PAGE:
While Stoni Consolidated Holdings and the City of Vernon squabble over legalities, there is a serious issue that is being ignored.
The City of Vernon Building and Plumbing Bylaw No. 4900 makes no reference to possible structural damage to neighbouring homes as a result of adjacent developments.
Bylaw 4900 relates entirely to the development itself.
The city apparently has no accountability or liability for any damage to neighbouring homes that result from adjacent construction.
Any structural damage that results to neighbouring homes is considered to be, by the city, an issue between the developer and the neighbouring homeowners.
This is in spite of the fact that the city issues permits for the development and carries out inspections to ensure that bylaw 4900 is being followed.
The city has authority without accountability — a situation not considered part of a democratic society.
In the case of the reservoir development, no assessment of risk of structural damage to neighbouring homes has been done by the city, nor required of the developer.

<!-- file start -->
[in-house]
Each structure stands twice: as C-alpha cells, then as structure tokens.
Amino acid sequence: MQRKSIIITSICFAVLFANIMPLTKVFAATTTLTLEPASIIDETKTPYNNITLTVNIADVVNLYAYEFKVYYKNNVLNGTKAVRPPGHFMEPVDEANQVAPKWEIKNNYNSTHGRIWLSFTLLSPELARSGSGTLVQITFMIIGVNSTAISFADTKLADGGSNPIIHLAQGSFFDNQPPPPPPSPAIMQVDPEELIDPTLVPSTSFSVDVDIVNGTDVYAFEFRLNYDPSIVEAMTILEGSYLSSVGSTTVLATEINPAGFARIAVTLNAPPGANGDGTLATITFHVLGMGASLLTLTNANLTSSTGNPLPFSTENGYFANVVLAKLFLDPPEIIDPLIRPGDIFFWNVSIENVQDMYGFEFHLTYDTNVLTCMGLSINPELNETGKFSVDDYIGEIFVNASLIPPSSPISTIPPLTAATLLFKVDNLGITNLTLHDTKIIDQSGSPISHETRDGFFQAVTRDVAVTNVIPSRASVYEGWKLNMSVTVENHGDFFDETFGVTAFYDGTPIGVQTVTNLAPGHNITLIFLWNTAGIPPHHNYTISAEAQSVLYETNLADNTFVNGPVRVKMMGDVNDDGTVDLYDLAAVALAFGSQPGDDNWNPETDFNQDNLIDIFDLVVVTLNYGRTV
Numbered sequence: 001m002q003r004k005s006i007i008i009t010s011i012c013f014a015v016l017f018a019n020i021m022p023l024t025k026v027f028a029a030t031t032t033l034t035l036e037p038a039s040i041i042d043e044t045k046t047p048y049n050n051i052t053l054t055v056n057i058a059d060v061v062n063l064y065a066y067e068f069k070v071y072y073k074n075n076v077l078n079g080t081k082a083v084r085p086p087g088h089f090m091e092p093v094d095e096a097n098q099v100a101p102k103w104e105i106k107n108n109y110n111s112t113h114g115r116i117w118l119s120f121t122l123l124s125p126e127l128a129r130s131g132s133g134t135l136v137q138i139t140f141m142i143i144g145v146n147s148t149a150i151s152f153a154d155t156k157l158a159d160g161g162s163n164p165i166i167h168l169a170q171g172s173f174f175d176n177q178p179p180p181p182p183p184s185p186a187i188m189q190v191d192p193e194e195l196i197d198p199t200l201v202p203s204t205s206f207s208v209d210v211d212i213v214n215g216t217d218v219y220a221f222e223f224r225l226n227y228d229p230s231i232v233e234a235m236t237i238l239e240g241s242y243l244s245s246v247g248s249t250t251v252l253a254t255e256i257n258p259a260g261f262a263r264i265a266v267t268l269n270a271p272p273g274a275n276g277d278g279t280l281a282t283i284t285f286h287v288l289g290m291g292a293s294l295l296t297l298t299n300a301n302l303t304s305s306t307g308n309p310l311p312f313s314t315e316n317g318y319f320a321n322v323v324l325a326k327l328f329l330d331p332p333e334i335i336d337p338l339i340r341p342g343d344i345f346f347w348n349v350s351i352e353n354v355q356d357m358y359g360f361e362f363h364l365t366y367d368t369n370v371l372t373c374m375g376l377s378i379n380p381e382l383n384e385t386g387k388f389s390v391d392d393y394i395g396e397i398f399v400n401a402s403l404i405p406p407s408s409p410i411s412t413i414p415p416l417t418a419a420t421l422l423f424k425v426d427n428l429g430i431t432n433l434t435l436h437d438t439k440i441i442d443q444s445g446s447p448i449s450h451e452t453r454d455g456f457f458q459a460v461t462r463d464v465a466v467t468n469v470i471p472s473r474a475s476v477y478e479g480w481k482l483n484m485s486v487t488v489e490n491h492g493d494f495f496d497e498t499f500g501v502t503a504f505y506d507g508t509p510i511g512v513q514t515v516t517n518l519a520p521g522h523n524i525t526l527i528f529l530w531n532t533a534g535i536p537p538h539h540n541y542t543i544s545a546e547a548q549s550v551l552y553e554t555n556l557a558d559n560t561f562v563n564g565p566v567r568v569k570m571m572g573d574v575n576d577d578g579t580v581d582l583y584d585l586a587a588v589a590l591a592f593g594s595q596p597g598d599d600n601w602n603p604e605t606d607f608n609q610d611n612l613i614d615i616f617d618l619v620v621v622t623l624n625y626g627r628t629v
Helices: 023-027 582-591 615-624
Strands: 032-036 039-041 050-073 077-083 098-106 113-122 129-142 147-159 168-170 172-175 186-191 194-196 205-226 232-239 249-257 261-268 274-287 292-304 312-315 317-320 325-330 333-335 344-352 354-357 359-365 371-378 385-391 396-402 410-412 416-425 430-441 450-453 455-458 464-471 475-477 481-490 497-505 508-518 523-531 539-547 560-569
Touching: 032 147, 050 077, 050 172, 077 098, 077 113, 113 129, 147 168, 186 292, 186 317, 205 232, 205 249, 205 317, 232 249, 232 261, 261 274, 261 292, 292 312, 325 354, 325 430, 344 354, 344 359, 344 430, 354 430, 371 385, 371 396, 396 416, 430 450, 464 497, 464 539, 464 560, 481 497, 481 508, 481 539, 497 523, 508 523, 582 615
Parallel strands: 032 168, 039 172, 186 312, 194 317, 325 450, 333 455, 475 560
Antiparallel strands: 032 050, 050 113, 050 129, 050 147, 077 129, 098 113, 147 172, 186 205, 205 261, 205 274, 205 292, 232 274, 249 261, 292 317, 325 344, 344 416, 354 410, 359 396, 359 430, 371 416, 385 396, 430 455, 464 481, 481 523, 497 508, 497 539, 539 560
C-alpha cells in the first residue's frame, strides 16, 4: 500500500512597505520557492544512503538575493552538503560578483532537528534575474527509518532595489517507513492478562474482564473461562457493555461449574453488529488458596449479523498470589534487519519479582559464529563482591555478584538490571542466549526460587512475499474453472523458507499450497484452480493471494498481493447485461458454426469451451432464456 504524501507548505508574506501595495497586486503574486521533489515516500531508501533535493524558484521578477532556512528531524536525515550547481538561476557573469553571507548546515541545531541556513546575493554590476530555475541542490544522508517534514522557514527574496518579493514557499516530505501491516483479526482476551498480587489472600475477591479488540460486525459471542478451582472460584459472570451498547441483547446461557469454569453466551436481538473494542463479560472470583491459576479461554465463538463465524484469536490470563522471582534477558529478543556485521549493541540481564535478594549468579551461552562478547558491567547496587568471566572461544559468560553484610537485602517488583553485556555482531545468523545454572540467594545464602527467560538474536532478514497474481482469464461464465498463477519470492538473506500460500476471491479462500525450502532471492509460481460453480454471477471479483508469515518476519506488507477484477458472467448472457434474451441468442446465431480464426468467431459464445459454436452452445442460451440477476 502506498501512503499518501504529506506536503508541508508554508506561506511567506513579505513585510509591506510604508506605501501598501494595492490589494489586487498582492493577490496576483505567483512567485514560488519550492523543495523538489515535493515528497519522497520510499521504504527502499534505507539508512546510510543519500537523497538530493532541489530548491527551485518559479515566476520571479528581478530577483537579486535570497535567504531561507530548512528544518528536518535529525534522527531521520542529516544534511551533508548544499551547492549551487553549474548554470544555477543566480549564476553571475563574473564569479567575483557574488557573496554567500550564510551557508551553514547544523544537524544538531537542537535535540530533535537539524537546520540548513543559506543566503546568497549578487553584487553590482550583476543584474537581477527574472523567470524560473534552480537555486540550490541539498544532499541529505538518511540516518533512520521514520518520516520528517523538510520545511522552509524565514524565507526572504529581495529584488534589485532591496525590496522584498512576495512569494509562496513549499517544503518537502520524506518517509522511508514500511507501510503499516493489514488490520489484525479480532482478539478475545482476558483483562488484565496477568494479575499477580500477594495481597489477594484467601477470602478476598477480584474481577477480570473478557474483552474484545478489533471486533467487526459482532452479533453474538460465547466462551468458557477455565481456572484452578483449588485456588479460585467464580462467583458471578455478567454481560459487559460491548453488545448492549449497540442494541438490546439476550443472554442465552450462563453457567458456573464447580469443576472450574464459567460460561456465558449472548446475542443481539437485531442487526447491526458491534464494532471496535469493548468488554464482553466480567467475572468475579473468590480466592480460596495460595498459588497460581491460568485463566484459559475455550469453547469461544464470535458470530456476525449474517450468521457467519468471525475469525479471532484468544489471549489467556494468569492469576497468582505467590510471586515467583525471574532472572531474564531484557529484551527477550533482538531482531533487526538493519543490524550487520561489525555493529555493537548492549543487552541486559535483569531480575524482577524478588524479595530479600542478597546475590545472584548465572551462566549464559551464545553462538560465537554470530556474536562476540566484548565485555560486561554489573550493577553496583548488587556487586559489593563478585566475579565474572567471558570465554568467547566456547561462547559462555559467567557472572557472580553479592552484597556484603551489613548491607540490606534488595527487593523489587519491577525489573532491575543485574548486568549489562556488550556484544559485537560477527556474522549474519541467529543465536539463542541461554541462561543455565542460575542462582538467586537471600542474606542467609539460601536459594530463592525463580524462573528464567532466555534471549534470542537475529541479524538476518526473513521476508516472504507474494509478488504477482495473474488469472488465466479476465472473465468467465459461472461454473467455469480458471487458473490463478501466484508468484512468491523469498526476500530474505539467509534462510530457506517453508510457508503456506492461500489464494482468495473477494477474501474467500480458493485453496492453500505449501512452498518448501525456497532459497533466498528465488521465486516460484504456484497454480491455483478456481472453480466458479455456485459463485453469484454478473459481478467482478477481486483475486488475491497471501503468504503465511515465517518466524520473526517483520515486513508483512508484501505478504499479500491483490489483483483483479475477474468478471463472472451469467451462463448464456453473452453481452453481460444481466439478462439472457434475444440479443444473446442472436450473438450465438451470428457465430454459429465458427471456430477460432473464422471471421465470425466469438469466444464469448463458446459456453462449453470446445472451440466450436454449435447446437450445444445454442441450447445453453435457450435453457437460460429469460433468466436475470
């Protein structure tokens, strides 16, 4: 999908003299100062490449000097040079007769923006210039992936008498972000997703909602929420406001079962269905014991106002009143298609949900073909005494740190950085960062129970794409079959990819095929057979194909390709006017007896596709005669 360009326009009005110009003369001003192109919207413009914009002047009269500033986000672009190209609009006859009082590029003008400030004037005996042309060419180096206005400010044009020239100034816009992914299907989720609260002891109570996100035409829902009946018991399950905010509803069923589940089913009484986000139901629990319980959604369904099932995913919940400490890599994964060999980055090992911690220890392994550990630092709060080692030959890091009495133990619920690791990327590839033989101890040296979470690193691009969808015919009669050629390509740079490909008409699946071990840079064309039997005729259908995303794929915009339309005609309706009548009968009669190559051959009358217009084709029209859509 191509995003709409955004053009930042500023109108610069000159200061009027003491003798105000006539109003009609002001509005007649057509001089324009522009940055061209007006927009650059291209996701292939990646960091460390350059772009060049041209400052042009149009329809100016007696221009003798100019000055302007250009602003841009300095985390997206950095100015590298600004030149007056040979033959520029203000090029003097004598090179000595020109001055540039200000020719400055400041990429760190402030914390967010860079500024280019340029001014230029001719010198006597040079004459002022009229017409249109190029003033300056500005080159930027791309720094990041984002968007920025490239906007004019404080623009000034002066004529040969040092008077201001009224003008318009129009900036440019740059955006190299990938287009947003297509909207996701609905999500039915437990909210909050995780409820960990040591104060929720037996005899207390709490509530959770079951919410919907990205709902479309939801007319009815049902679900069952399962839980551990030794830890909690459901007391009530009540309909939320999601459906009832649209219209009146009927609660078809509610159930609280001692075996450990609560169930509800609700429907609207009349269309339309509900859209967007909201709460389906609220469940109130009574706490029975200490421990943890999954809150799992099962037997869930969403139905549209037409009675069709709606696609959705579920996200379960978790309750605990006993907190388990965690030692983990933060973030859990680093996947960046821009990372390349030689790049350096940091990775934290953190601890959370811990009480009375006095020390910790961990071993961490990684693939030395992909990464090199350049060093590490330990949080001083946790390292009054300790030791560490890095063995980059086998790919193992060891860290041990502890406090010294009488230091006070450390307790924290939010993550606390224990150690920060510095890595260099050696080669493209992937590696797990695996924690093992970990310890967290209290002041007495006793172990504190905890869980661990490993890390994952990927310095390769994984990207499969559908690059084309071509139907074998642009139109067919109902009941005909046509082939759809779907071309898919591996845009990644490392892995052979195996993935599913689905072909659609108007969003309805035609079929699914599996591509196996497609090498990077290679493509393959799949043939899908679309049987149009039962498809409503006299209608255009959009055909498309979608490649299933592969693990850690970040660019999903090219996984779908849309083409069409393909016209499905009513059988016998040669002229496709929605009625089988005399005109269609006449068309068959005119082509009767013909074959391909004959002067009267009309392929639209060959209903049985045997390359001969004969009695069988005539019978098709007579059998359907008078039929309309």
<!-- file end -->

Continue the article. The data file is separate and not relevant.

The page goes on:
This is unconscionable, keeping in mind that the East Hill has a history of instability resulting in loss of houses and lesser, though serious, structural damage.
The City of Vernon and the developer need to accept responsibility for their actions, as outlined in the following references:
1. Guidelines for Legislated Landslide Assessments; revised May 2010 for Proposed Residential Development in British Columbia.
2. Review of Landslide Management in British Columbia – 2013
Recommendation 5: The province should work with the Association of Professional Engineers and Geoscientists of British Columbia, the Union of BC Municipalities, academia, industry and other stakeholders to identify a provincial standard for minimum acceptable risk thresholds for landslide hazards which would be applicable to Crown land dispositions, new developments, subdivision approvals and the design to protect existing development.
Recommendation 9: The province should encourage local governments to enact bylaws and policies to guide development away from areas at risk of landslides and to require the use of qualified professionals to assess the risk in hazard zones.
3. Housing Foundations and Geotechnical Challenges: Best Practices for Residential Builders in British Columbia.